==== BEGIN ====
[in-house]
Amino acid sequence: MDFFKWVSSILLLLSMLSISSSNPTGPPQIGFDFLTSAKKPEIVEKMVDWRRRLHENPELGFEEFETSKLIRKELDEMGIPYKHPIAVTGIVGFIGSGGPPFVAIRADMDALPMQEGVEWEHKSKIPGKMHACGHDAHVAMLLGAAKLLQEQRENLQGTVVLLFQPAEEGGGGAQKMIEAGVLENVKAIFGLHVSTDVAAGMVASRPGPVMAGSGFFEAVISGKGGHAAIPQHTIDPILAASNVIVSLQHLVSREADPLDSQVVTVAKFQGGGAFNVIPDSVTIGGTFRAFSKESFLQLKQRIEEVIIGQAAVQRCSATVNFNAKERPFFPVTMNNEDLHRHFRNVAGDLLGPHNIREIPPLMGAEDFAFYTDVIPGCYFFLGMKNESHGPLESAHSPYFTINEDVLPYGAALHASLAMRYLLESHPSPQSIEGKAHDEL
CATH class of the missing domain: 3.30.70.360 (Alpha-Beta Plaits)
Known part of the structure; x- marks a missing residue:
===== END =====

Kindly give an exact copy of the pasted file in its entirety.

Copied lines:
[in-house]
Amino acid sequence: MDFFKWVSSILLLLSMLSISSSNPTGPPQIGFDFLTSAKKPEIVEKMVDWRRRLHENPELGFEEFETSKLIRKELDEMGIPYKHPIAVTGIVGFIGSGGPPFVAIRADMDALPMQEGVEWEHKSKIPGKMHACGHDAHVAMLLGAAKLLQEQRENLQGTVVLLFQPAEEGGGGAQKMIEAGVLENVKAIFGLHVSTDVAAGMVASRPGPVMAGSGFFEAVISGKGGHAAIPQHTIDPILAASNVIVSLQHLVSREADPLDSQVVTVAKFQGGGAFNVIPDSVTIGGTFRAFSKESFLQLKQRIEEVIIGQAAVQRCSATVNFNAKERPFFPVTMNNEDLHRHFRNVAGDLLGPHNIREIPPLMGAEDFAFYTDVIPGCYFFLGMKNESHGPLESAHSPYFTINEDVLPYGAALHASLAMRYLLESHPSPQSIEGKAHDEL
CATH class of the missing domain: 3.30.70.360 (Alpha-Beta Plaits)
Known part of the structure; x- marks a missing residue: